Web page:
Teachers are always wrong

It has become painfully obvious to me over the last few years that teaching may be the only profession in which you can be guaranteed that someone will say you are wrong about something at least once a day.

There are so many people with a vested (and sometimes even not vested) interest in what you do in your classroom that you can be sure to be judged over at least one small detail each day at work. I can think of no other profession in which there are so many other experts lining up to tell you how, and how not to, do your job. In which other professions could you open your email at night, be unjustly criticized by someone and then struggle to sleep? It happens to teachers all the time.

This can become extremely debilitating:

  • It can stop you from being innovative
  • It can make you second guess your every action
  • It can limit the experiences you offer your students
  • It can destroy your confidence in yourself
  • It can undermine the fundamental importance of the individual teacher and the differences we bring to education

I am fairly lucky. To a certain extent, I am strong about what I believe about learning and how I go about putting what I believe into practice.

Others are less lucky. Many teachers are highly sensitive people to whom the opinions and judgments of colleagues, parents, administrators and whoever else happens to pass by matter a great deal. These people can shrink before your eyes as their individuality, decision-making, ideas and approaches are questioned. They spend countless hours writing replies to critical emails – all too often justifying their own blatantly good actions in response to blatantly ridiculous criticism. Honestly, if we were to spend several years gathering all of the things teachers are frequently told they are wrong about we could compile possible the best tragic joke book of all time!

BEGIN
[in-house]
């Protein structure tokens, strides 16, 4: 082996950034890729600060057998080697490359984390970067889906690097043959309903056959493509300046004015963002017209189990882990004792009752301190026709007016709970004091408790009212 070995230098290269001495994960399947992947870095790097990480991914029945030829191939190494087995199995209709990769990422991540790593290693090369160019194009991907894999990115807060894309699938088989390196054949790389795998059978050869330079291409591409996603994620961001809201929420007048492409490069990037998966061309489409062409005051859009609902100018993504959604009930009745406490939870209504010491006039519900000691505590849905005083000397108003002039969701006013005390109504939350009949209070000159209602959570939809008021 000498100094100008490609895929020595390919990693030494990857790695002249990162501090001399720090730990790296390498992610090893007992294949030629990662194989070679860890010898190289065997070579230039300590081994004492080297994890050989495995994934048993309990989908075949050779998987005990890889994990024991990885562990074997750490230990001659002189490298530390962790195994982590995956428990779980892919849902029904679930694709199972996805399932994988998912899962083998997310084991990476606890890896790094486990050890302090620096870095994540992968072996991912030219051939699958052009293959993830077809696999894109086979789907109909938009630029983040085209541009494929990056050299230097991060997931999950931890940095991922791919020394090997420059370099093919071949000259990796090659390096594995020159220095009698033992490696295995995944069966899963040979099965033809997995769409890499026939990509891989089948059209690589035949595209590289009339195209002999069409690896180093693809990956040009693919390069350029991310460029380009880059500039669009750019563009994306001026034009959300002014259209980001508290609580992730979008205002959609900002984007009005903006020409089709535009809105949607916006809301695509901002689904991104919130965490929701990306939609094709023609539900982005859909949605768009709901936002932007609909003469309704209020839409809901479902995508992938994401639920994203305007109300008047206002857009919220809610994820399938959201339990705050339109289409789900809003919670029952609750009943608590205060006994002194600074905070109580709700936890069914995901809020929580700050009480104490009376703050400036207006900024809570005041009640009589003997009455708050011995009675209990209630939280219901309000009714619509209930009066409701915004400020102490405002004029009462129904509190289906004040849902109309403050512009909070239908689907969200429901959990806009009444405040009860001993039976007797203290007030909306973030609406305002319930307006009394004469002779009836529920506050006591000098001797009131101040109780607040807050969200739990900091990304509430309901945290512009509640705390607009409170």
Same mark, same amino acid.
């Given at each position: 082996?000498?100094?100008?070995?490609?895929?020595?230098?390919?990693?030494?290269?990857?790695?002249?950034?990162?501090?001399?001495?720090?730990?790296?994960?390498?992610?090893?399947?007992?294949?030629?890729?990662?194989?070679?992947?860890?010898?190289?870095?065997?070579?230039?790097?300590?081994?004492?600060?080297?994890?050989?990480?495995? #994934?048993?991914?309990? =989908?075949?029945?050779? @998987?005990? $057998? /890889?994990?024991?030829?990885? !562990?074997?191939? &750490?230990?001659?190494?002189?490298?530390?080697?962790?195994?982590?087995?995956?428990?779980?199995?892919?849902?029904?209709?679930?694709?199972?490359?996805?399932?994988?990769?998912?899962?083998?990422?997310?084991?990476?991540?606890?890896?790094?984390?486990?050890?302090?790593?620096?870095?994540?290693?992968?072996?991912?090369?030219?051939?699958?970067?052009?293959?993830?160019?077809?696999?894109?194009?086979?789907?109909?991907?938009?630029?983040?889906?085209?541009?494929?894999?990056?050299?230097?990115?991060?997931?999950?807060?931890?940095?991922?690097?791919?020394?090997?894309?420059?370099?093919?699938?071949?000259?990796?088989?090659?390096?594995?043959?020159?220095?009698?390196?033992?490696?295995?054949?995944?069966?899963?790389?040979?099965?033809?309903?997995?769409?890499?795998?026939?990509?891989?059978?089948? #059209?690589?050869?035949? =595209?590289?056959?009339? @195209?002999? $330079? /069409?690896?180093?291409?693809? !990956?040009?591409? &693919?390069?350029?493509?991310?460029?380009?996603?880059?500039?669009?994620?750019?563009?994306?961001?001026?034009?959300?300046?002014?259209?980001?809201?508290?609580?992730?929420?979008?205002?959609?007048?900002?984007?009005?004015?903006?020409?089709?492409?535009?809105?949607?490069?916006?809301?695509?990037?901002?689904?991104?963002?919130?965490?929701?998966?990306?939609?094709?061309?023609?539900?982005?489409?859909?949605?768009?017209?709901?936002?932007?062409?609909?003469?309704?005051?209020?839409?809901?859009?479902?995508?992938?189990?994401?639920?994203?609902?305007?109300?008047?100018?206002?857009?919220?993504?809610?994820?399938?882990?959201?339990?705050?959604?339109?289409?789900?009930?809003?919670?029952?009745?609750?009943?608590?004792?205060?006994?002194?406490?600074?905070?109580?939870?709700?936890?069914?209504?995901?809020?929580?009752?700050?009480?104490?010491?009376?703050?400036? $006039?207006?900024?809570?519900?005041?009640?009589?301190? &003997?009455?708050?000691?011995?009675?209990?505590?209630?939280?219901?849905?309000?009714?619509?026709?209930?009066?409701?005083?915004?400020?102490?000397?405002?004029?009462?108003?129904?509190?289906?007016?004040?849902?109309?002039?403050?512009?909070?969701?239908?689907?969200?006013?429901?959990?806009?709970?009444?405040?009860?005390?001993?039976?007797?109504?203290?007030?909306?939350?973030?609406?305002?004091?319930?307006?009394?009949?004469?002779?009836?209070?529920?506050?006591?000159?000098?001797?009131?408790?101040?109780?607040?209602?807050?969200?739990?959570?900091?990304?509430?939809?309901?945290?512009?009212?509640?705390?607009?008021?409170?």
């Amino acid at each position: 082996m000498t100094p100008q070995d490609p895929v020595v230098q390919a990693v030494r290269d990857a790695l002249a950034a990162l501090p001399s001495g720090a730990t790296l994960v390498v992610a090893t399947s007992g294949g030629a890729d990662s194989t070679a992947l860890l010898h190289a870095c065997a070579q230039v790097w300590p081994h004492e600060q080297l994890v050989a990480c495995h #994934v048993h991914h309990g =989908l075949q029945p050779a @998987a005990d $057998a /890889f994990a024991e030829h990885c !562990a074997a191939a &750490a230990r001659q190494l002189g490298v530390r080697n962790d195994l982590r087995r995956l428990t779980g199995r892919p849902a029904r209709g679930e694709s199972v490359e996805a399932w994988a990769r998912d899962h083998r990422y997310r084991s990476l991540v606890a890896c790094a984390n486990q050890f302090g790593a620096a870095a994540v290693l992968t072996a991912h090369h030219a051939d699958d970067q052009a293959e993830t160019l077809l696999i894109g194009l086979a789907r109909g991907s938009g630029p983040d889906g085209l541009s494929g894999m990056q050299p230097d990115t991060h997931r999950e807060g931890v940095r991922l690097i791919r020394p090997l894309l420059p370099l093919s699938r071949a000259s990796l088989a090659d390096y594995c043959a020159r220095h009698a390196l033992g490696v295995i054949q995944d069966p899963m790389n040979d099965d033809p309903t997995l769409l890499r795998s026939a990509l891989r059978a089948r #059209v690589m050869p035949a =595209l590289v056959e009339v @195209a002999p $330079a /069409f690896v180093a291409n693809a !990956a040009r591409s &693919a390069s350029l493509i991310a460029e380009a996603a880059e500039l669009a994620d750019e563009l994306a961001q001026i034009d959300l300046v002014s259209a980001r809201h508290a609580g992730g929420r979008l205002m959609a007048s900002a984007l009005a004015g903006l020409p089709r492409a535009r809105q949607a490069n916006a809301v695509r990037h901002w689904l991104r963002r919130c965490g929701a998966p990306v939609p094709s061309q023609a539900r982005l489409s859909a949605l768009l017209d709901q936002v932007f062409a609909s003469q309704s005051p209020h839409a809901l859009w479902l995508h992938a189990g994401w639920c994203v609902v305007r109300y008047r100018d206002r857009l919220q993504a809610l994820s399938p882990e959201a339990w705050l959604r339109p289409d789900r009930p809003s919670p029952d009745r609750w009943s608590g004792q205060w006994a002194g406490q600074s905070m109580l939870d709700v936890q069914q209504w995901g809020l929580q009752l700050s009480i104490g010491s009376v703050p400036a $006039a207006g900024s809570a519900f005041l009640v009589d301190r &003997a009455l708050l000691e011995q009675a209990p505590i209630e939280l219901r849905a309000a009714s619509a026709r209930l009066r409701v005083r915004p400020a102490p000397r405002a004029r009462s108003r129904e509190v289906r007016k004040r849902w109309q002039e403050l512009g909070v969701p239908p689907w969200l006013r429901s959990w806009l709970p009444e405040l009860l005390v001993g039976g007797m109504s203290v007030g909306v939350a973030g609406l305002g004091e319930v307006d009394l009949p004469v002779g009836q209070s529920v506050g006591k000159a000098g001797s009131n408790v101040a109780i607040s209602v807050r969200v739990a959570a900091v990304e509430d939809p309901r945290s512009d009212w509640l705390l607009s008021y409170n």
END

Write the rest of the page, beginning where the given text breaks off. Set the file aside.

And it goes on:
This trend really bothers me. The disempowerment of teachers really bothers me… particularly as these people are being asked to empower their students.

Schools should…

  • Possess a very clear vision/mission statement through which everything can be “filtered”
  • Hire teachers whose thinking and practice are aligned with that vision
  • Have a default setting of backing teachers first, responding to criticism second (if at all)
  • Have a zero-tolerance approach to gossip in the teaching community
  • Hire leadership teams who have a strong, teacher-centred, approach

Teachers should…

  • Believe in themselves and the way they work
  • Make sure they are working in the school that is right for them, and vice-versa
  • Not apologize in response to unfair criticism
  • Always respond to criticism by suggesting a face-to-face meeting, not by an exchange of opinions or justifications by email
  • Inform a member of the school’s leadership team once a series of criticisms begins
  • Have confidence in the fact that most criticisms are likely to come from ignorance
  • Allow their colleagues the space to be themselves

Parents should…

  • Have faith in the teachers who devote their last drop of energy to doing their job as well as they can
  • Make sure their kids are in the right school for them, or;
  • Be willing to have their predetermined ideas about education permanently changed, or;
  • Be ready to change which school their child goes to, not try and change the school they do go to
  • Find other distractions if they find themselves putting too much thought into what is going on their children’s classrooms!

Picking fault with teachers in a  way that is destructive should not be tolerated. In all honesty, is there another profession in which this happens???

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4 comments

  1. hhh4u

    Perhaps a high political position, such as a U.S. president, is the closest comparison (which actually represents the significance of a teacher).

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